But as of March 12, another provision came into effect that lets the Bureau look at such a case from a civil point of view, which is closer to the rule of reason approach that the U.S. has under Section 1 of the Sherman Act. Under rule of reason, a court would consider whether any restrictions placed on the teams are for pro-competitive reasons, either between leagues or between teams. The court would also have to consider whether such restraints are reasonably necessary for and ancillary to the broader legitimate agreement that allows the NHL to create a league, organize games and award prizes.
Thats when most observers point to a landmark case, Los Angeles Memorial Coliseum Commission vs. NFL, where a federal court decided that the leagues rule requiring a team to get approval from three-quarters of the other teams before it can move was an unreasonable restraint of trade. Baum has already indicated he feels there are few similarities between that case and the one Balsillie is making, but for the sake of argument lets say that caseknown colloquially as Raiders since it involved the Oakland Raiders moving to Los Angelescarried some weight.
The Raiders case is a classic case that said the league cant prevent this type of move, says Salil Mehra, a law professor at Temple University Beasley School of Law in Philadelphia. But it left open the concept that to the extent that the move costs the league or its other members, the league might seek reasonable reimbursement.
In this case, the NHL could charge Balsillie a fee because Hamilton is located inside the territories of both the Toronto Maple Leafs and the Buffalo Sabres. That fee could be distributed equally amongst all NHL clubs, but would likely be given to just Toronto and Buffalo. The NHL could also ask a fee for vacating a large market such as Phoenix because it reduces interest in that market. (Although how it could go any lower is beyond most rational peoples comprehension.)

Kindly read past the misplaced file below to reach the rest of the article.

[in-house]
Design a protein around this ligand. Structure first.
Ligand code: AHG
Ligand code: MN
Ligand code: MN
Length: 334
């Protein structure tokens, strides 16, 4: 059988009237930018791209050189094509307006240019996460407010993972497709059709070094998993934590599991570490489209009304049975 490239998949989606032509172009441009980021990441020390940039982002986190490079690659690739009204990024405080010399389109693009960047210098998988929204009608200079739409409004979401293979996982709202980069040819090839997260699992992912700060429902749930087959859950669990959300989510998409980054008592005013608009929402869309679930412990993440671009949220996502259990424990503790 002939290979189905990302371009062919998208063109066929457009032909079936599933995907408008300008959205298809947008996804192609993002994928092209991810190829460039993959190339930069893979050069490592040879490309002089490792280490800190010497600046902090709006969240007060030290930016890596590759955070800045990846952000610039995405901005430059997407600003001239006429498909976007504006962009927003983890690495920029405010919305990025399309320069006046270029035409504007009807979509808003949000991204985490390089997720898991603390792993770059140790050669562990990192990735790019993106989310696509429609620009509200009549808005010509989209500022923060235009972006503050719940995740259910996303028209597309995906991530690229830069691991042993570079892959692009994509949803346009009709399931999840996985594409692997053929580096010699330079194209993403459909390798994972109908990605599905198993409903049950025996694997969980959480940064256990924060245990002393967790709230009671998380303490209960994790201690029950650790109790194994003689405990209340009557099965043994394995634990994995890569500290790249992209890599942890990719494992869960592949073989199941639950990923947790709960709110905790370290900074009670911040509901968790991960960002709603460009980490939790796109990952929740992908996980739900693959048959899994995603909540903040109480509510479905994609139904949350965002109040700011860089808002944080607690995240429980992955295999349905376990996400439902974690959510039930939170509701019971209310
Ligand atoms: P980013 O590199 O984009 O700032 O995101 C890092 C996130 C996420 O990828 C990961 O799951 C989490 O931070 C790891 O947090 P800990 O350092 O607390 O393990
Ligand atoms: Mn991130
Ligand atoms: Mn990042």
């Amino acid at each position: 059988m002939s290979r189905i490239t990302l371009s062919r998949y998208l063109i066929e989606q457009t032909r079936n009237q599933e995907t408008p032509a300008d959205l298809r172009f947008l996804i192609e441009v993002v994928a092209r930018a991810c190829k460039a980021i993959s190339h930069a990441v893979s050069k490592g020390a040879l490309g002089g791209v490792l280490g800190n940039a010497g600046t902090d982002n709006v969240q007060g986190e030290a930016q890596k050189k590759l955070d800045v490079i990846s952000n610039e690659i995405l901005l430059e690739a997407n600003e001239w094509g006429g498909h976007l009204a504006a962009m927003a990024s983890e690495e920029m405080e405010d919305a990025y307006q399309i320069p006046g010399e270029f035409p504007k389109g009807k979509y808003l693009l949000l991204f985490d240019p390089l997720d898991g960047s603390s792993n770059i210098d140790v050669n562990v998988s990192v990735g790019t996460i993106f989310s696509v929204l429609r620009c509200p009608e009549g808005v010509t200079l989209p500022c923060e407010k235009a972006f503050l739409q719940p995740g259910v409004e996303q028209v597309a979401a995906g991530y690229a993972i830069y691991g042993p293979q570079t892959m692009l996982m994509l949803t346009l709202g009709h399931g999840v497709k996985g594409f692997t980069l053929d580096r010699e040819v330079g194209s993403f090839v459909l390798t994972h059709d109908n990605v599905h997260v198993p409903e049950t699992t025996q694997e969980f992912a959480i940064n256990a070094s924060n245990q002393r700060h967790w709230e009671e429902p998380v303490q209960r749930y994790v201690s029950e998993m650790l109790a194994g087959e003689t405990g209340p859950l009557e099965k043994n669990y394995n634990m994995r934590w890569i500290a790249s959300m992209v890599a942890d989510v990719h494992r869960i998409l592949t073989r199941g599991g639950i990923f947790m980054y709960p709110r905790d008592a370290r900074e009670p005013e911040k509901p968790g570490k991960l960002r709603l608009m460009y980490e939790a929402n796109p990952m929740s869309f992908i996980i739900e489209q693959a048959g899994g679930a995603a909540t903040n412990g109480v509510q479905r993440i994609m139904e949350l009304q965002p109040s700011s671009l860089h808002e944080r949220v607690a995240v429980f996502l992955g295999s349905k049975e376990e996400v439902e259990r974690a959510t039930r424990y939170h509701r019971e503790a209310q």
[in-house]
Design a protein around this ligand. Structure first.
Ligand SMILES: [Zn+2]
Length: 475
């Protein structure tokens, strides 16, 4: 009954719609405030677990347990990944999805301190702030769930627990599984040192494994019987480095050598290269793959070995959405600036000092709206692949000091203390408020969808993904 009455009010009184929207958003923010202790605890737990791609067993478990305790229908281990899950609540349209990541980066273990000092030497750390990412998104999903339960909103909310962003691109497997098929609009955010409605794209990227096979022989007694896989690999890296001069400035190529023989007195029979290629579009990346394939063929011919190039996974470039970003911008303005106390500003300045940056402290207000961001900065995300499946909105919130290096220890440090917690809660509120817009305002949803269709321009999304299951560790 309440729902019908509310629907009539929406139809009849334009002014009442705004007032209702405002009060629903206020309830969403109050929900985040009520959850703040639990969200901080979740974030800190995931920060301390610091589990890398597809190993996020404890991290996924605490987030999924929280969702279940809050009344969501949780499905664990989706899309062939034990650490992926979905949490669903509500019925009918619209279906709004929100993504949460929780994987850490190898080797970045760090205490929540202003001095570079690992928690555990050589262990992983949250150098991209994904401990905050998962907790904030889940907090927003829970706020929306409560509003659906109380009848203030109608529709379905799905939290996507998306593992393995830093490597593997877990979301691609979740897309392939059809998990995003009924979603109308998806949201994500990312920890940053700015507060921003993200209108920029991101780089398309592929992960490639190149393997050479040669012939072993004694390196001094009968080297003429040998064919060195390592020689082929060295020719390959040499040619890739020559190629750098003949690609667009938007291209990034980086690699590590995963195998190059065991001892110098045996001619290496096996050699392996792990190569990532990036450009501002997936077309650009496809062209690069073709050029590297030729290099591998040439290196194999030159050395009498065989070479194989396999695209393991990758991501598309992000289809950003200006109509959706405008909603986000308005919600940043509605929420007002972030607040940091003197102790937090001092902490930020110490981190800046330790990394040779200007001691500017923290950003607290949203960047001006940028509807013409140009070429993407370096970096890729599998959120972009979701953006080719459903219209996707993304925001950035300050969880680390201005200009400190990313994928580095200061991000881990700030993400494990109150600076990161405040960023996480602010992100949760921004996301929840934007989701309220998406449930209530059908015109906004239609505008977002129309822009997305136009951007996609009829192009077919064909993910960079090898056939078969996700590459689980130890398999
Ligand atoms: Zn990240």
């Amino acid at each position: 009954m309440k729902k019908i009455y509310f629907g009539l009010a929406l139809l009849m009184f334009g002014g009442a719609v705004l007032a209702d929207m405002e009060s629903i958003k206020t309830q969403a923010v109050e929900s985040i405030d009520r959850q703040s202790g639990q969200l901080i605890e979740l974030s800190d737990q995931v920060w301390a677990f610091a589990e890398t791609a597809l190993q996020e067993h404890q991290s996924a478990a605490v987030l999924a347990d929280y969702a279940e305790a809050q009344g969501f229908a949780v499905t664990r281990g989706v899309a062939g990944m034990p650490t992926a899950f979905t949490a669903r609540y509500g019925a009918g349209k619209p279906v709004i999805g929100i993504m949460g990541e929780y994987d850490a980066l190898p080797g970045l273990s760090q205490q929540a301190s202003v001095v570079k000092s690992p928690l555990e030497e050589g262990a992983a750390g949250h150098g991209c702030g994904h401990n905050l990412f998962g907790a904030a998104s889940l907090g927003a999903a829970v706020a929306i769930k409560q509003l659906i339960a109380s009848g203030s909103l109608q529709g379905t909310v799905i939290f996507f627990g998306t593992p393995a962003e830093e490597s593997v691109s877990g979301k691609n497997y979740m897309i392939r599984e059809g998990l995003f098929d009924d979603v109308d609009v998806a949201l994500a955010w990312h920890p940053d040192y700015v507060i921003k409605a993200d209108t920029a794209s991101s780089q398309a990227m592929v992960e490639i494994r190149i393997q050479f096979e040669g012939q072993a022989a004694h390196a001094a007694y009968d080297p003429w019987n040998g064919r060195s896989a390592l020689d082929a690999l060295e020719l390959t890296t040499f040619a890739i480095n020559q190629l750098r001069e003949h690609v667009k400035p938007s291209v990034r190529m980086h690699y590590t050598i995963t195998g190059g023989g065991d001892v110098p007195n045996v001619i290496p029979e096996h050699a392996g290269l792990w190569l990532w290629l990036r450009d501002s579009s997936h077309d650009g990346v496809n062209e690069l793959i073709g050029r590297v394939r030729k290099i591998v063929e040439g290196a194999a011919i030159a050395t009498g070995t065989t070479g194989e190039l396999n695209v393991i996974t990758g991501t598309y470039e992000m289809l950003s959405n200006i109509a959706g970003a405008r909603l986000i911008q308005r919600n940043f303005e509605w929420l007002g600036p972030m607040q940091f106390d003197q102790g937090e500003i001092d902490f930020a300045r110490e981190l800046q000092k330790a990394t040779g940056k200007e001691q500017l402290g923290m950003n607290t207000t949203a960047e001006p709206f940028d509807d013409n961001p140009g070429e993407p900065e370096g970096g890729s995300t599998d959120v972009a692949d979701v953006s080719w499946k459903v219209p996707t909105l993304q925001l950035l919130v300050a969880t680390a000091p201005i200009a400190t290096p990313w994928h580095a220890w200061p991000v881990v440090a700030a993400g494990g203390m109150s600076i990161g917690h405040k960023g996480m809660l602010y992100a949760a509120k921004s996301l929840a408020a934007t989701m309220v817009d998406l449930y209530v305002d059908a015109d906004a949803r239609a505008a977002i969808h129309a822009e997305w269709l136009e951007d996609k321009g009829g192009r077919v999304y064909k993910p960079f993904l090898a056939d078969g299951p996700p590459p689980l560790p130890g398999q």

Salil says that if the Coyotes were going to fold or fail without Balsillies purchase, then that would make his case for relocation even stronger than the one Al Davis had for moving the Oakland Raiders, because that team was going to survive in any case.
But Gil Fried, a professor and chair of the Sport/Hospitality and Tourism Management Department at the University of New Haven in West Haven, Conn., says the courts in past antitrust cases have generally concluded that antitrust laws apply to player transactions (such as free agency), but not team transfers.
And even if Balsillie wins, the NHL may not be under any obligation to schedule games with his team, says Fried. What Balsillie is buying are the assets such as the players, intellectual property, etc., he says. The owner, not the team has a contract with NHL, so the NHL could always argue that they are not going to schedule any games for a rogue team in Canada.
Which would no doubt launch even more legal actions. Oh yeah, the Stanley Cup playoffs resume tonight (Tuesday), with the Detroit Red Wings poised to capture their second consecutive triumph over the Pittsburgh Penguins.